Letters from Prison - Philemon 1:1-25
As we draw this second letter from prison to a close, there are two outstanding questions that remain for our consideration:
First, will Philemon forgive Onesimus, his runaway slave?
Second, whatever happened to Onesimus after returning home?
Will Philemon Forgive? Will You?
Matthew Henry cited 14 arguments, that Paul used in verses 8 through 21, to convince Philemon to receive and forgive Onesimus:
Philemon's love for all the saints (v. 8);
Paul's authority (v. 8);
The basis of Paul's appeal being love, rather than authority (v. 9); Paul's age and his condition as a prisoner (v. 9);
Paul's spiritual relationship to Onesimus (v. 10);
Philemon's own interest (v. 11);
Paul's love for Onesimus (v. 12);
Paul's self-denial in parting with Onesimus (vv. 13-14);
The assurance that Onesimus would not run away again (v. 15);
Onesimus' relationship to Philemon as his spiritual brother (v. 16);
Onesimus' identification with Paul (v. 17);
Paul's promise to pay Onesimus' debt to Philemon (vv. 18-19);
The joy that Paul would receive by Philemon's acquiescence (v. 20);
Paul's good opinion of Philemon (v. 21).
If I could give you 14 reasons to forgive someone, would you do it?
How about if I just gave you one? The primary reason to forgive: Jesus.
To forgive is to turn the key, open the cell door and let the prisoner out. To forgive is to write in large letters across a debt “nothing owed.” To forgive is to bundle up all the garbage and all the trash and dispose of it, leaving the house clean and fresh. To forgive is to relax a strangle hold on a wrestling opponent and give him his life. This matter of forgiveness is very important and it’s right at the very crux of your spiritual health and mine. “Right this minute, I determine, I make a decision, to grant forgiveness, to pay the debt myself inwardly, to refuse to make them pay. I will eat the debt.” If you do, it’ll hurt like crazy, but it’ll make you free.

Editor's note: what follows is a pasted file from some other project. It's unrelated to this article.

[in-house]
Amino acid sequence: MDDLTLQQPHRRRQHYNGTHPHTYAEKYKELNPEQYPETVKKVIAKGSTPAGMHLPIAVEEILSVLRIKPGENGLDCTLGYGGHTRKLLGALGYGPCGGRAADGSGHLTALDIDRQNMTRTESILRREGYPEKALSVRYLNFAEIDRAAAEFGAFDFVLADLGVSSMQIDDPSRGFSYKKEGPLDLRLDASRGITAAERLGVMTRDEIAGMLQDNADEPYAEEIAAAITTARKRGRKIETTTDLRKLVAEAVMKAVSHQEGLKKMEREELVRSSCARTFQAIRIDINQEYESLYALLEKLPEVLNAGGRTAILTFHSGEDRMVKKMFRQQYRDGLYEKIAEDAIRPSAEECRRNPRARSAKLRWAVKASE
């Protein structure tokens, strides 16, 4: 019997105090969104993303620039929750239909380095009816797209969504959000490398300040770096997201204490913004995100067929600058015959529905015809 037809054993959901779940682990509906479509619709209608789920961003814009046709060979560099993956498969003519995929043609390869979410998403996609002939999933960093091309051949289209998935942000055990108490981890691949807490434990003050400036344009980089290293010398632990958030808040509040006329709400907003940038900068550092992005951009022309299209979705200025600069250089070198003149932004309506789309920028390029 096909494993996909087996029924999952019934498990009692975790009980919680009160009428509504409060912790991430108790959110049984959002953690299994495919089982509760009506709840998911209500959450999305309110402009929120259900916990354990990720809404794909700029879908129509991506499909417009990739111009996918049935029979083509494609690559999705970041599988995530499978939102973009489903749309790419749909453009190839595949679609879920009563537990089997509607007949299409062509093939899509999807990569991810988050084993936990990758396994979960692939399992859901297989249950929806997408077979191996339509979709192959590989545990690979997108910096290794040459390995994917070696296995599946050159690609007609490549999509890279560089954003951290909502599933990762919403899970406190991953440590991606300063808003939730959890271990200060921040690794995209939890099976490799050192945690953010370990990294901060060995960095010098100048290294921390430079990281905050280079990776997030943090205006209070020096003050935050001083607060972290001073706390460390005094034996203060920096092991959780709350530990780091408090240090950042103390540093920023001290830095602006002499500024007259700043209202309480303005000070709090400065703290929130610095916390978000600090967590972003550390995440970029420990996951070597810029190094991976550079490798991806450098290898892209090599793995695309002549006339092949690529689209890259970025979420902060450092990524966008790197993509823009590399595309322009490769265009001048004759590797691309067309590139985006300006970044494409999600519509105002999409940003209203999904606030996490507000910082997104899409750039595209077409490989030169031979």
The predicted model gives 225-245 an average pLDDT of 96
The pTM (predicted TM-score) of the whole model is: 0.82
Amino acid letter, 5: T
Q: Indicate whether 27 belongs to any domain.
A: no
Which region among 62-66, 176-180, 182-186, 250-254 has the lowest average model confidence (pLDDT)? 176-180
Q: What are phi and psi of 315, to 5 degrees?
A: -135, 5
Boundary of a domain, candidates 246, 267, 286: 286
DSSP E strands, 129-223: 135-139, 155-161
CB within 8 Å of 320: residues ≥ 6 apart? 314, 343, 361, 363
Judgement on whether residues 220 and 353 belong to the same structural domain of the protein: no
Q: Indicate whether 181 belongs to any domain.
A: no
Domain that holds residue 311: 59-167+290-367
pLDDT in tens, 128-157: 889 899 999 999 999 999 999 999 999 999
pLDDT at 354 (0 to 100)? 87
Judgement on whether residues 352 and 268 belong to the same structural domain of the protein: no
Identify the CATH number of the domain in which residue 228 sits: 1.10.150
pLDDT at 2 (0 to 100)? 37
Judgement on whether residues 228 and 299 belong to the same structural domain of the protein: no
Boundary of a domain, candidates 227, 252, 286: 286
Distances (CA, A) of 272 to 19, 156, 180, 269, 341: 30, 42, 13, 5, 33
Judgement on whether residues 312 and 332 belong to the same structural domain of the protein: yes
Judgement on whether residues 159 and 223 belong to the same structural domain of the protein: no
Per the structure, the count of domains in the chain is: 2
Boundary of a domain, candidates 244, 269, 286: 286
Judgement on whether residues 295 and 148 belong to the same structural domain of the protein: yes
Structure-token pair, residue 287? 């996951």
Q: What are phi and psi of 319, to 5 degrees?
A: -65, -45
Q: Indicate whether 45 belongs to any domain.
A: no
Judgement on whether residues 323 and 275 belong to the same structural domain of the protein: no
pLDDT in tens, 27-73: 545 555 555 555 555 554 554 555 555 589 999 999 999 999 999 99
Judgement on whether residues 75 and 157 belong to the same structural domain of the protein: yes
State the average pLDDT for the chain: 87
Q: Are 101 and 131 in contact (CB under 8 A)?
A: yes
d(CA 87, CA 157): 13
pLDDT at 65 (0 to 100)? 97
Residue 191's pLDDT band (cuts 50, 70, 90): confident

“Forgiveness is not pretending something wrong didn’t happen to you, nor is it pretending that something you did wrong didn’t happen… Forgiveness involves becoming fully aware of your anger toward someone else or becoming fully aware of your own responsibility and guilt – and then, with full knowledge of the awful truth, choosing not to hold the offense against that person or against yourself, by reason of God’s grace through Jesus Christ (Minirth, Complete Life…, 87).”
Would you join me in creating the great feast of forgiveness this Thanksgiving?
What Happened to Onesimus? What is happening with you?
A church father writing 50 years later in a letter to the Ephesians, addressed their wonderful minister. By now, he was bishop in the church there. Guess what his name was? Pastor Onesimus. This is what happens when aimless fugitives encounter the transforming power of the Cross (Swindoll, Building Blocks, 42). This means at some point, Onesimus was released to go do the work of ministry.
Who knows? Maybe Onesimus was responsible for collecting all of Paul’s letters (F.F. Bruce seems to think so) and this one got included in the Pauline Corpus – a personal letter that he felt the world ought to know about. This letter got preserved and circulated and included in the Biblical canon. The fact that Philemon preserved this epistle and allowed it to circulate among the churches, strongly suggests that he did behave as Paul had requested. (MacArthur, Twelve Unlikely…208-).
So what we see in the book of Philemon is a beautiful picture of the gospel and the mission of the church. Philemon is a ruthless businessman transformed into a beautiful picture of generosity. Onesimus is a pilfering thief transformed into the leader of one of the most important churches in the ancient world.
Will you be a “Philemon” so perhaps an “Onesimus” can be set free? "Onesimus" God has a plan for you! You have received grace. God pursued you to Rome! He has a plan for you. Come home.
 MacArthur, John F., Jr. John MacArthur Sermon Archive. Panorama City, CA: Grace to You, 2014. Print.
 Keller, Timothy J. The Timothy Keller Sermon Archive. New York City: Redeemer Presbyterian Church, 2013. Print.